Researchers at Northwestern University have placed nanocrystals of rock salt into lead telluride, creating a material that can harness electricity from heat-generating items such as vehicle exhaust systems, industrial processes and equipment and sun light more efficiently than scientists have seen in the past
The material exhibits a high thermoelectric figure of merit that is expected to enable 14 percent of heat waste to electricity, a scientific first. Chemists, physicists and material scientists at Northwestern collaborated to develop the material. The results of the study are published by the journal Nature Chemistry.
"It has been known for 100 years that semiconductors have this property that can harness electricity," said Mercouri Kanatzidis, the Charles E. and Emma H. Morrison Professor of Chemistry in The Weinberg College of Arts and Sciences.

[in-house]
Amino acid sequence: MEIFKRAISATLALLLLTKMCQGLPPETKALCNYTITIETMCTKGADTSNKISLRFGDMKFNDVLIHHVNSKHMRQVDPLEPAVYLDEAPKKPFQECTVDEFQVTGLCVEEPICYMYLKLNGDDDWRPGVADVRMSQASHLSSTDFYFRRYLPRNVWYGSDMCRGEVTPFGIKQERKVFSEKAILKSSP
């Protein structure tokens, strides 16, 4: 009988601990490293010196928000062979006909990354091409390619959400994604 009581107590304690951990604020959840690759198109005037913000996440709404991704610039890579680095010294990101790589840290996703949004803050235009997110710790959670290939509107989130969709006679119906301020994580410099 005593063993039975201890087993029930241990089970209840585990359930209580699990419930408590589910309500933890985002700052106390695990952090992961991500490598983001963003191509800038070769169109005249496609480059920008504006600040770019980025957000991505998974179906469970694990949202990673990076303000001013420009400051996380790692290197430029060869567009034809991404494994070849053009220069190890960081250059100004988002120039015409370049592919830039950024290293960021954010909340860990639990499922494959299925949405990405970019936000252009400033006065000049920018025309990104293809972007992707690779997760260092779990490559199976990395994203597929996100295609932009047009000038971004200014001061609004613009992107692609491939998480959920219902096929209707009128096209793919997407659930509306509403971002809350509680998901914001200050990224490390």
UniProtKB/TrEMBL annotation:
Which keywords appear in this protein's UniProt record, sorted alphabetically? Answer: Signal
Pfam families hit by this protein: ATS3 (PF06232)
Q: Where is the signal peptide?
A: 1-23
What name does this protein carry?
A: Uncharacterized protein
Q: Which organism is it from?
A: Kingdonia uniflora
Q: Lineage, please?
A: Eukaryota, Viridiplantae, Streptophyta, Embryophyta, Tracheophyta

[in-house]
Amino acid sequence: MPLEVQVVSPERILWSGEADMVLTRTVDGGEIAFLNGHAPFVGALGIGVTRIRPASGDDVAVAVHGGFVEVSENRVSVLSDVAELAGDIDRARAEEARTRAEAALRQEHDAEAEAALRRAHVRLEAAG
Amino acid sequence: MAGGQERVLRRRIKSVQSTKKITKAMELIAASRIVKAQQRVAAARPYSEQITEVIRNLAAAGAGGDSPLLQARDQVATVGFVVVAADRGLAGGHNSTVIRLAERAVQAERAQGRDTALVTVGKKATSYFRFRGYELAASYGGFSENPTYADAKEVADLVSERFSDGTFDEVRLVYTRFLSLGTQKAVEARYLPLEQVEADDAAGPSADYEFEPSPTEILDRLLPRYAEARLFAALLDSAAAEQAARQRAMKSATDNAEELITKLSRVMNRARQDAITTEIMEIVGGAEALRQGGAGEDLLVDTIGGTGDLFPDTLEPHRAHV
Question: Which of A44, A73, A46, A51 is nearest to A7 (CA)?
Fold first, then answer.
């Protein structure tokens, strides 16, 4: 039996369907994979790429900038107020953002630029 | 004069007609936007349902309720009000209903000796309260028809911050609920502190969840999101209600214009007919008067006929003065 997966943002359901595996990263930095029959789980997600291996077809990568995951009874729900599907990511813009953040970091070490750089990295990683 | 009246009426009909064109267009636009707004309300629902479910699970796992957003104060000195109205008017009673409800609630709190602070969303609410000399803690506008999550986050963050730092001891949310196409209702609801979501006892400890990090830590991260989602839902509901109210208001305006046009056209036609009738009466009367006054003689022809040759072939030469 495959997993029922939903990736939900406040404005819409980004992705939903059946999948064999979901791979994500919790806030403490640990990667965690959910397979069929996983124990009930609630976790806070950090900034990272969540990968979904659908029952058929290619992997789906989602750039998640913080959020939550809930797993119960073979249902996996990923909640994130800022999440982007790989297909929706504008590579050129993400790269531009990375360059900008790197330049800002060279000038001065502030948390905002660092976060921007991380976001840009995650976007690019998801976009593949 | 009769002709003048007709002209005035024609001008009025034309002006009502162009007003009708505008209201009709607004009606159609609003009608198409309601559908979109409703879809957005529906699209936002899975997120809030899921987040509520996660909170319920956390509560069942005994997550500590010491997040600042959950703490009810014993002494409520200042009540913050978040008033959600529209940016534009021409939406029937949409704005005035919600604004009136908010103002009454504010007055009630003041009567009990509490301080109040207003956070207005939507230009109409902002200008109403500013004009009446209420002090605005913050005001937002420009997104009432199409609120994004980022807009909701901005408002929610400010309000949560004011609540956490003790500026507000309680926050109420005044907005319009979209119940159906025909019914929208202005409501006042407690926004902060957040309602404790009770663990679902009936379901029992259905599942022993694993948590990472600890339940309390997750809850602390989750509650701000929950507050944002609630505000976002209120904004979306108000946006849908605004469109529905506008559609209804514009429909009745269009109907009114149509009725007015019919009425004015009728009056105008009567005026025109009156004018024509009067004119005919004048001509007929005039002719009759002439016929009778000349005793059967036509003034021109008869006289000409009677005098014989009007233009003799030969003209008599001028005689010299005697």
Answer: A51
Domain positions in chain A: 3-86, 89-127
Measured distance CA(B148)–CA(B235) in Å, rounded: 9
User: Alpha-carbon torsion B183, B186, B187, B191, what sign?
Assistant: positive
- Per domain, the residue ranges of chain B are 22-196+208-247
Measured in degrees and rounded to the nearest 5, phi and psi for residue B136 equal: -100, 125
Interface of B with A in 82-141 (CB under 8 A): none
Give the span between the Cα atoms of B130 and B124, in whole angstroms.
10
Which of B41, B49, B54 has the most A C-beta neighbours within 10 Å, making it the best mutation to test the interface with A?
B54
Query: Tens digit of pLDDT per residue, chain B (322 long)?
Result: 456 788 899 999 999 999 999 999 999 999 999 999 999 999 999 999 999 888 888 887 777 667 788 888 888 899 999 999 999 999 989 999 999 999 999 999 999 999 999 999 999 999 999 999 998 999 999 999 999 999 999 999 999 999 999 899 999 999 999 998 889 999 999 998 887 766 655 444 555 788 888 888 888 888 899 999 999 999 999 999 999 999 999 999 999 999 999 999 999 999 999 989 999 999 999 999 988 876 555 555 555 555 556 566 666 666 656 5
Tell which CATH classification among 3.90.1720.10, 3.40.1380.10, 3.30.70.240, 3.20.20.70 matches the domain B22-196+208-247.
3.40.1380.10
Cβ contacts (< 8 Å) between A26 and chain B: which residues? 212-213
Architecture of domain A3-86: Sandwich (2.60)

"To make this an efficient process, all you need is the right material, and we have found a recipe or system to make this material."
Kanatzidis, co-author of the study, and his team dispersed nanocrystals of rock salt (SrTe) into the material lead telluride (PbTe). Past attempts at this kind of nanoscale inclusion in bulk material have improved the energy conversion efficiency of lead telluride, but the nano inclusions also increased the scattering of electrons, which reduced overall conductivity.
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